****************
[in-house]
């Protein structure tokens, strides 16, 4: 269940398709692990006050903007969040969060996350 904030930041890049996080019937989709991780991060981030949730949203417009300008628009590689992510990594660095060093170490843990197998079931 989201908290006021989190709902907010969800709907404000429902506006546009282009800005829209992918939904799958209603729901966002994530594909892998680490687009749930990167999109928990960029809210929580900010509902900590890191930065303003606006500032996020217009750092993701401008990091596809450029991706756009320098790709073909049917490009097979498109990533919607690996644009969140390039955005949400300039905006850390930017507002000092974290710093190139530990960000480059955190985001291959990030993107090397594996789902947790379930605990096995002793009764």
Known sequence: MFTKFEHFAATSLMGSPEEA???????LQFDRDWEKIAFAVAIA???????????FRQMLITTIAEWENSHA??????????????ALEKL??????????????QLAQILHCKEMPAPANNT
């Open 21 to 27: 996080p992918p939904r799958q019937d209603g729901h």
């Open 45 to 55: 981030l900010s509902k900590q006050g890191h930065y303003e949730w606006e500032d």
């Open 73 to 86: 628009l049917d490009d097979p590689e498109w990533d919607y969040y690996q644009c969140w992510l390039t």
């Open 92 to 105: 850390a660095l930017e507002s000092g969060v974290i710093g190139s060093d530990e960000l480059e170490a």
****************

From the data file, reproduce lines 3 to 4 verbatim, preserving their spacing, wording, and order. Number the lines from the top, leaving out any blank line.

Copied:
Known sequence: MFTKFEHFAATSLMGSPEEA???????LQFDRDWEKIAFAVAIA???????????FRQMLITTIAEWENSHA??????????????ALEKL??????????????QLAQILHCKEMPAPANNT
């Open 21 to 27: 996080p992918p939904r799958q019937d209603g729901h």